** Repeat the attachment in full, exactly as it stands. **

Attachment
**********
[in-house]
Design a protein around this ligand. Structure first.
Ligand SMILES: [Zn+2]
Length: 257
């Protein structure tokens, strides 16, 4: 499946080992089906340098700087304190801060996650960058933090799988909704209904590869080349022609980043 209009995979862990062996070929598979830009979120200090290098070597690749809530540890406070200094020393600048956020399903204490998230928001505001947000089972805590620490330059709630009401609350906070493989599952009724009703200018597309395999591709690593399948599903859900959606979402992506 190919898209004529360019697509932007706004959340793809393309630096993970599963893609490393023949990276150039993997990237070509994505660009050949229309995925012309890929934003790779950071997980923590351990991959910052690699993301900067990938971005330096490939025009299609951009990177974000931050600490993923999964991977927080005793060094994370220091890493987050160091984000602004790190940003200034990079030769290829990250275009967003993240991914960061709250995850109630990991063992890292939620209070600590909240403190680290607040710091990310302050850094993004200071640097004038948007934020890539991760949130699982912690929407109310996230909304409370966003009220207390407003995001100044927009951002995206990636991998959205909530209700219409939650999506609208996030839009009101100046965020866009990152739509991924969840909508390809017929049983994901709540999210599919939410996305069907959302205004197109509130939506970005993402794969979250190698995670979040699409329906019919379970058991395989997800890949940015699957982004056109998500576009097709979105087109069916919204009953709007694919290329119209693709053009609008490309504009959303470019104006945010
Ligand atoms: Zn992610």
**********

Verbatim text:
[in-house]
Design a protein around this ligand. Structure first.
Ligand SMILES: [Zn+2]
Length: 257
């Protein structure tokens, strides 16, 4: 499946080992089906340098700087304190801060996650960058933090799988909704209904590869080349022609980043 209009995979862990062996070929598979830009979120200090290098070597690749809530540890406070200094020393600048956020399903204490998230928001505001947000089972805590620490330059709630009401609350906070493989599952009724009703200018597309395999591709690593399948599903859900959606979402992506 190919898209004529360019697509932007706004959340793809393309630096993970599963893609490393023949990276150039993997990237070509994505660009050949229309995925012309890929934003790779950071997980923590351990991959910052690699993301900067990938971005330096490939025009299609951009990177974000931050600490993923999964991977927080005793060094994370220091890493987050160091984000602004790190940003200034990079030769290829990250275009967003993240991914960061709250995850109630990991063992890292939620209070600590909240403190680290607040710091990310302050850094993004200071640097004038948007934020890539991760949130699982912690929407109310996230909304409370966003009220207390407003995001100044927009951002995206990636991998959205909530209700219409939650999506609208996030839009009101100046965020866009990152739509991924969840909508390809017929049983994901709540999210599919939410996305069907959302205004197109509130939506970005993402794969979250190698995670979040699409329906019919379970058991395989997800890949940015699957982004056109998500576009097709979105087109069916919204009953709007694919290329119209693709053009609008490309504009959303470019104006945010
Ligand atoms: Zn992610």